Preview: What Puget Sound Pilots Want You to Know

June 7, 2022

Sandy Lam Sandy Lam

What Puget Sound Pilots Want You to Know

by Karen Sullivan

Container ship, entering Admiralty Inlet, Port Townsend, Washington State, USA, Pacific Northwest, © Joel Rogers Photography.

It may sound counterintuitive, but when a big ship leaves the high seas and enters the restricted waters of Puget Sound, it is entering the most dangerous part of its voyage. Imagine placing a skyscraper full of oil or cargo on its side and trying to steer it through narrowing waterways with many turns and lots of commercial and recreational traffic crossing its path—a skyscraper with a stopping distance of several miles, whose ability to steer gets less effective the slower it goes.

We need highly trained experts with encyclopedic knowledge of our waters in all weather conditions, to guide these big ships into port, because mistakes can be extremely costly. By navigating safely, our maritime pilots protect Puget Sound and the lives and property of those who use its waters. By understanding what they want you to know and do in order to stay safe on the water, you can help.

Freighter passing sailboat, off Port Townsend, Washington State, Pacific Northwest, USA, sloop “Walden” outbound, © Joel Rogers Photography.

I spent an hour in conversation with Severin Knutsen, a Puget Sound Pilot and son of Port Townsend shipwright Leif Knutsen and his wife Joan. I asked, “What’s the main message that Puget Sound Pilots want the public to know?”

“If in doubt about whether you’ve got a problem with crossing the path of an oncoming ship,” he said, “please pass astern of us. Most people can see where we’re going; we’re transiting in the [shipping] lanes, and we’re heading to one of the major ports. But we don’t always know where you’re going. If you can make your actions significant, obvious, and early enough like the rules say, then that’s one less thing for us to worry about in making sure you’re safe. You can help by making, for example, a large and obvious course change early enough to avoid a dangerous situation. When you do that and point your boat astern of our ship, we think, ‘okay, I know what you’re doing now; thank you.’ That’s the easiest way to signal us.”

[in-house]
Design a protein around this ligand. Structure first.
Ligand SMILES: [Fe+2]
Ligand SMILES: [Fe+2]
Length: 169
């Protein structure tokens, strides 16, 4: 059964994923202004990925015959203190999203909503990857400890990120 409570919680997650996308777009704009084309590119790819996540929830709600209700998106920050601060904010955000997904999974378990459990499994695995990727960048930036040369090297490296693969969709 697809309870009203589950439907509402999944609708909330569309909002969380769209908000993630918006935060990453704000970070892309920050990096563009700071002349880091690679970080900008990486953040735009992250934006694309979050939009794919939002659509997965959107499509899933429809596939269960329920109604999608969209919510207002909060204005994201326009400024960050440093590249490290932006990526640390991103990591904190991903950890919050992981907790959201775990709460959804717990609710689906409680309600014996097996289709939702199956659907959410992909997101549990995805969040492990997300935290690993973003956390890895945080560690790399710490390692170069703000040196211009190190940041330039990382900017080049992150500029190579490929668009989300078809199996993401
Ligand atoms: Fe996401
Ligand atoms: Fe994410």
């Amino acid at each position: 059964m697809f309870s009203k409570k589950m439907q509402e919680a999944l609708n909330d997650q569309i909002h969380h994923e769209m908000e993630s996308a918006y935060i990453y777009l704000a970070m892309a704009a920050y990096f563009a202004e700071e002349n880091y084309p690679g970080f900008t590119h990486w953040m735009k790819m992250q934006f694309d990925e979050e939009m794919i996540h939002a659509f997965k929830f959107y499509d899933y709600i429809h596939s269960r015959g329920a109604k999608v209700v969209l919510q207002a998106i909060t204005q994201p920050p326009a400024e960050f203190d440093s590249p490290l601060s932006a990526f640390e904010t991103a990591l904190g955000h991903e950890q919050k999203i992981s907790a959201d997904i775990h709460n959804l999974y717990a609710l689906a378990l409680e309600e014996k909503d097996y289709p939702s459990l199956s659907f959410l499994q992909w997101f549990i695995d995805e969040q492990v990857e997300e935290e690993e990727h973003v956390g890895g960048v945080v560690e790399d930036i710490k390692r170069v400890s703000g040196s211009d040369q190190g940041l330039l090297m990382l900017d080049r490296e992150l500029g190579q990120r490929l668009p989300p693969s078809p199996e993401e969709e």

By rules, Knutsen means the International Collision Regulations, known as 72COLREGS. If boaters are transiting shipping lanes they should know Rule 10, which basically says that a vessel less than 20 meters shall not impede a ship transiting in the lanes. “A lot of people may think, oh we’re sailing, we have the right of way,” said Knutsen, “but it’s not necessarily the case in the lanes.”

Radar image from bridge of outbound ship (center), small vessels in inbound lane. Image capture by Severin Knutsen.

While pilots will often respond to radio calls from small boats who may have doubts about the safety of a crossing situation with a big ship, Knutsen showed me a radar image (below) of what it can be like for a ship trying to navigate safely. “I was northbound in this image,” he said, “but most of these small vessels are in the southbound lane. You can see that if everybody called us, we’d never get off the radio.” Meanwhile, he tries to determine who’s giving way, who is not, and which boats he needs to worry about. Big ships can’t often read small boat names, and most small boats don’t have AIS (Automatic Identification System). So, the primary means of communication for the ship is heading changes. “We try to make course changes significant and early, so people know, ‘okay, the ship’s going that way, I can go this way and stay safe,’ he added. “The other communications tool we have is our whistles.” (To most ears they sound like fog horns.)

The bottom line is, if a ship is 

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